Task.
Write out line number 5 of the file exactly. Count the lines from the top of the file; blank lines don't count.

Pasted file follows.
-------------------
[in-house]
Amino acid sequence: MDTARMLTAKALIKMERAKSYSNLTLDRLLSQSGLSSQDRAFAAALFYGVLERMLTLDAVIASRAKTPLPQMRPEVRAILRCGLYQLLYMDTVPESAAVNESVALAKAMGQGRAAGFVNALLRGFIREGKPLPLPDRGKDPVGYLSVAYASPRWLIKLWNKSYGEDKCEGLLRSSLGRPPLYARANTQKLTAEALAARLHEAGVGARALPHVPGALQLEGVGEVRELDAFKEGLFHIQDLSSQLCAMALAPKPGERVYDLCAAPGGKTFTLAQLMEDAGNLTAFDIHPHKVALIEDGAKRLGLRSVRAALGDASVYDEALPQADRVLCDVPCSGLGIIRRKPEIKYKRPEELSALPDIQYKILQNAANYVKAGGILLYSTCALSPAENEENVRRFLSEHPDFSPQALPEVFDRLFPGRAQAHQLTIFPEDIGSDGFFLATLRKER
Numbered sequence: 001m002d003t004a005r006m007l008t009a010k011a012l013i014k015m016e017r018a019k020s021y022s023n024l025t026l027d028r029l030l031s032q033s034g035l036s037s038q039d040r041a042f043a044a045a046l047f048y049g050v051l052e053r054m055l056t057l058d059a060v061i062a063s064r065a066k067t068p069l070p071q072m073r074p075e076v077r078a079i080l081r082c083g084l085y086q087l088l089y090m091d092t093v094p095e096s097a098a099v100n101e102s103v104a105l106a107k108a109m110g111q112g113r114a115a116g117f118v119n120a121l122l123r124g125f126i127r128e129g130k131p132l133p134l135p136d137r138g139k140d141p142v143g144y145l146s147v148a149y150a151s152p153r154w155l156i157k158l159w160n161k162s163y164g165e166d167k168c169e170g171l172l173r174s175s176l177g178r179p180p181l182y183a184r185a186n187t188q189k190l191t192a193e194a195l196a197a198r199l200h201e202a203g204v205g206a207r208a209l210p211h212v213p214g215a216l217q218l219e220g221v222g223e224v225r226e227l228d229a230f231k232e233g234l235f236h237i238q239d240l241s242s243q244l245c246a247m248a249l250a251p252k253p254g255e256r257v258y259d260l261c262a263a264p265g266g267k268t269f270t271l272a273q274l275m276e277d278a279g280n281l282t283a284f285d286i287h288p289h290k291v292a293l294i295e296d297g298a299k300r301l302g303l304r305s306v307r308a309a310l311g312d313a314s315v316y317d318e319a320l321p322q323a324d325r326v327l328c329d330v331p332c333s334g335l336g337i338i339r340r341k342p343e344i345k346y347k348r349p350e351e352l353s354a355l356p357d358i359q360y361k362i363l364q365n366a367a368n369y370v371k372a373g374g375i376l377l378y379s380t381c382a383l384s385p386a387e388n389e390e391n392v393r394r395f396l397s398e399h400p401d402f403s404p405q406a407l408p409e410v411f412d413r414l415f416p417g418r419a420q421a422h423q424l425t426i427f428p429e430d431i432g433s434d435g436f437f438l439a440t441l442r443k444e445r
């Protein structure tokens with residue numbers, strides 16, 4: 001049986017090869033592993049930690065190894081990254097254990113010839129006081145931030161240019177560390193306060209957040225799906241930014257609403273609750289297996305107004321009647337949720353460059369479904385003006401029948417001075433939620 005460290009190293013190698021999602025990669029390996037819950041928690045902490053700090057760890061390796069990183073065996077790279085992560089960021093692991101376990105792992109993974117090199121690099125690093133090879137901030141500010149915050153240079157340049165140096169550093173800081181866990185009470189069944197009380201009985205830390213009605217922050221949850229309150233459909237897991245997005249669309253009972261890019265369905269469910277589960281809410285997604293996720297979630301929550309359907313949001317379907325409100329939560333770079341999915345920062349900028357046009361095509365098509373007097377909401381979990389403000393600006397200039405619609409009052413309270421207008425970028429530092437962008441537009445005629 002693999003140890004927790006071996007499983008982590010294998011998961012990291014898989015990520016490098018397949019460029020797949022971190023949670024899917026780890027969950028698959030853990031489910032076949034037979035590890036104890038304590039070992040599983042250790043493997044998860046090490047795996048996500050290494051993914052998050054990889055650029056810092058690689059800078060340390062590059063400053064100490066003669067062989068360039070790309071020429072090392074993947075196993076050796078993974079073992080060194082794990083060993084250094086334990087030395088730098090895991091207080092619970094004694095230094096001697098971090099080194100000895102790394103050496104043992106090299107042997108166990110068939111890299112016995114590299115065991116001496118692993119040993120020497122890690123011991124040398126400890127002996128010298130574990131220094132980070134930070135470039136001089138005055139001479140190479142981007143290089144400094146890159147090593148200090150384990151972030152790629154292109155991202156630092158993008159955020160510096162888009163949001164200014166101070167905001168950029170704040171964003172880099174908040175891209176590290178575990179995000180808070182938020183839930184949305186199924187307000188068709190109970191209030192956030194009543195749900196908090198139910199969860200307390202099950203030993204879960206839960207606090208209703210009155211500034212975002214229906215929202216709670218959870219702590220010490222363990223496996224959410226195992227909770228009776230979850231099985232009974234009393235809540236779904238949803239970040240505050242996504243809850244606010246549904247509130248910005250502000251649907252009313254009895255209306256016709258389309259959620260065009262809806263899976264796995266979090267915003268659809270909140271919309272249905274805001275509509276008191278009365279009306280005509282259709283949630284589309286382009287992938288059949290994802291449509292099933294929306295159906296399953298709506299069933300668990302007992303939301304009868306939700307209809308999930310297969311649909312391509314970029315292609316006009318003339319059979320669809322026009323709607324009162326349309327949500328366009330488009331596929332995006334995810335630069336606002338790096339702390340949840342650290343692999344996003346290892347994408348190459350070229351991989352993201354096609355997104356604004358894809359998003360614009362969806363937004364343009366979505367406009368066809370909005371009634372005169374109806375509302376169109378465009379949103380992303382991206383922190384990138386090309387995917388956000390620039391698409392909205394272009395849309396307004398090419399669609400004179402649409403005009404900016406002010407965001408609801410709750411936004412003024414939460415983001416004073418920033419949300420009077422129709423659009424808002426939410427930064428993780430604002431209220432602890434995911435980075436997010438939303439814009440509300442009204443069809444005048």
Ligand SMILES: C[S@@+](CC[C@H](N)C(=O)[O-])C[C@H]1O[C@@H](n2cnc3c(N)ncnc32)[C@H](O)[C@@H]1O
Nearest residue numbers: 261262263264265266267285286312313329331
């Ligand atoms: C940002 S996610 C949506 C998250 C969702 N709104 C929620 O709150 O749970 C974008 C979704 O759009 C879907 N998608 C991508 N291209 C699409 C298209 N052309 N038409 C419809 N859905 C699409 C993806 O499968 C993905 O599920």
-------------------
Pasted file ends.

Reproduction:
Ligand SMILES: C[S@@+](CC[C@H](N)C(=O)[O-])C[C@H]1O[C@@H](n2cnc3c(N)ncnc32)[C@H](O)[C@@H]1O